The news that veteran footwear chain Ravel is to vanish from the high street, to be replaced by its parent Clarks’ fascia, highlights the middle-market footwear sector’s unforgiving climate
After a tough few years, Ravel has shut up shop. To some in the industry it marks the end of an era, while to others the chain is just another victim of footwear’s increasingly squeezed middle market.
Ravel, a small nationwide chain selling young fashion footwear, was founded in 1934 as an independent retailer. It gradually grew in popularity, and in the 1960s was known among hip Londoners for its on-trend offer.
But the Ravel we see today has changed dramatically since its 1960s heyday and has shown a marked deterioration over the past four years, according to sources and former employees. The retailer has been touted around the market to potential buyers, but failed to attract any interest. This season’s product offering was, it seems, the final nail in the coffin.
Peter Bolliger, chief executive of Clarks, which owns Ravel, said in a results statement last week it had been another tough year for the chain. Despite shutting some unprofitable stores and tightening costs, Ravel failed to hit the targets it identified last year, the first year of its turnaround plan.
“Ravel was unable to establish a convincing product proposition, notably in its dominant women’s category,” Bolliger said last week. “It lost further ground to rivals such as Office and value-oriented retailers such as New Look.”
However, one ex-Ravel employee says retailers such as Office and New Look should have been a peripheral concern for the business which, when he worked there, had a high mid-market offer. “It shouldn’t have been affected by that,” he says. “Those players should have been at the cheaper end of the market. Ravel should have priced out that threat.”
Another factor in the chain’s demise could be the fact it was run from Street in Somerset, say sources. Clarks, whose head office is also in Street, relocated Ravel’s headquarters there in 1999 from London’s Conduit Street in a bid to cut costs.
“That move meant it lost its way,” claims one footwear executive. “Ravel had trouble attracting the right buying and merchandising staff, as good people didn’t want to leave London.” The move was criticised at the time, but the business had to tighten its belt after a difficult trading period.
The turn of the millennium seemed to signal a turnaround for Ravel, when in 2003 it reported a profit for the third year running.
But it was too little, too late. As the chain began to tread water, non-specialists upped the ante and last week Ravel became the latest casualty in the ever-more competitive fashion footwear sector.
“I knew Ravel was having a torrid time, but I didn’t know it was that bad. Styling and colours in the last range were off the wall - it tried to be different, but lost its way. Ravel was the young fashion leader in the 1960s and 1970s, with good buyers and real vision.”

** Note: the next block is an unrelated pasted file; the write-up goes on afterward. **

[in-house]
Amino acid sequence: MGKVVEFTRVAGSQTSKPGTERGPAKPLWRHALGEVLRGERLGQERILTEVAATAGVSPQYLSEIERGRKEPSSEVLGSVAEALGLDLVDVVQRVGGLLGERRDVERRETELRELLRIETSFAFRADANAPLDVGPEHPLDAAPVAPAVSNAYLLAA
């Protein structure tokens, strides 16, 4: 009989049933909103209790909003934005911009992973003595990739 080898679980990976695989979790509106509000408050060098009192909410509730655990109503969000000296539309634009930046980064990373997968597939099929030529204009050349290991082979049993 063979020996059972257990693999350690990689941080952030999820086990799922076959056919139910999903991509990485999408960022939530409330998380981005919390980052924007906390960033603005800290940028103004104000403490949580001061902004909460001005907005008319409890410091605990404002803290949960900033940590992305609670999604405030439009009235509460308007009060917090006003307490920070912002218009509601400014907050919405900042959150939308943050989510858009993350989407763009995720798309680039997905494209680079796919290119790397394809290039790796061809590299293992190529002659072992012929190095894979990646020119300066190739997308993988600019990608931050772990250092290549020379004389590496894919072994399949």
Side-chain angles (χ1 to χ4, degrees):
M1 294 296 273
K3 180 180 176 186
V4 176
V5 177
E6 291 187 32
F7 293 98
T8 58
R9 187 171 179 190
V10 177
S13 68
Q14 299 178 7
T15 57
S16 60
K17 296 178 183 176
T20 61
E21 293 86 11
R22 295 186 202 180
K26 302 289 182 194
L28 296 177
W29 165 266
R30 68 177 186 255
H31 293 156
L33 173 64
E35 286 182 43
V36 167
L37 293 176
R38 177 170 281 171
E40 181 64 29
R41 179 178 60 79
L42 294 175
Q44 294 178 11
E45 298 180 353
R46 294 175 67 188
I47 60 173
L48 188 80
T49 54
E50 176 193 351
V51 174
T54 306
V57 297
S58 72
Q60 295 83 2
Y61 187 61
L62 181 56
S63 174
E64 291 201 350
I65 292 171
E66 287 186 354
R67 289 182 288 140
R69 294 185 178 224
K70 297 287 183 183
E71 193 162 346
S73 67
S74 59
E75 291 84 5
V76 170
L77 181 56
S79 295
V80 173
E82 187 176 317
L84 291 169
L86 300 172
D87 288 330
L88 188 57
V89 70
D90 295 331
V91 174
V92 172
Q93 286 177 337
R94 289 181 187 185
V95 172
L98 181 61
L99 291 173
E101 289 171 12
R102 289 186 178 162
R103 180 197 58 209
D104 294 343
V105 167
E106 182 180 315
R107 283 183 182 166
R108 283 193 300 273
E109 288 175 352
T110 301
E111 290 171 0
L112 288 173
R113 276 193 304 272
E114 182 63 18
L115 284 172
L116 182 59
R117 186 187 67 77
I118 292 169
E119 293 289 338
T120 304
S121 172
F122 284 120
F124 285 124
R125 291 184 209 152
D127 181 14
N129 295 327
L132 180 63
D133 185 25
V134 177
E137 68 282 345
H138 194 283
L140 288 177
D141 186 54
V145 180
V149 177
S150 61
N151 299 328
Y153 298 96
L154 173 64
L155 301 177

Daniel Rubin, managing director, Dune, and chief executive, Browning Enterprises
“Ravel is another victim of the middle market. It’s a shame, because it has a tremendous reputation. But young fashion is difficult - even we find it tough. Ravel represented London street fashion in its heyday, and that’s what it was known for.”
Michael Ziff, chief executive, Stylo Group
“It’s sad, but within the footwear sector, fascias operated by parent companies come and go. Suppliers know that Ravel has had a question mark against its future, but it is interesting to put it alongside the change going on in the market at the moment.”
Niall Campbell, chief executive, British Footwear Association
“At its peak, Ravel was a fashion leader, but it lost its edge. A small firm in a huge business like Clarks will find it tough to succeed. You need an autonomous team that can make radical decisions. It shows how tough the business is and is a lesson for retailers with a similar structure.”
John Egan, chief operating officer, Shoe Studio Group
“Ravel was a true fashion leader at the height of its popularity. It was the footwear name that everyone - from shoppers to fashion industry players - aspired to follow.”
Malcolm Collins, buying, merchandising and design director for accessories, New Look
UNRAVELLING THE PAST: RAVEL’S STORY
- The footwear business that became Ravel opened in 1934. Founded by a married couple, Mr and Mrs Erwin Wise, the two entrepreneurs opened two shops in the London suburbs under the name The Tower Boot Company.
- By 1952 the couple were running five Tower Boot stores. Mrs Wise also ran a London hat shop, which she later turned into the Mondaine Shoe Shop. Mondaine claimed to be the only retailer in the UK to make made-to-measure formal evening shoes.
- By the early 1960s the Wise family was running eight shops in London, trading as Painet, Regent, Star and Mondaine. They then decided to branch out and bought a shop on Oxford Street called Chaussures Raoul. The business expanded throughout the 1960s as it rode the wave of the decade’s fashion, and the name was changed to Chaussures Ravel later that same decade. The family’s other shops were also converted to the new fascia, and the name was changed to Ravel in the late 1960s.
- In 1967, Clarks bought a 47% stake in the business. The Wises retired in 1974, and Clarks took ownership of Ravel.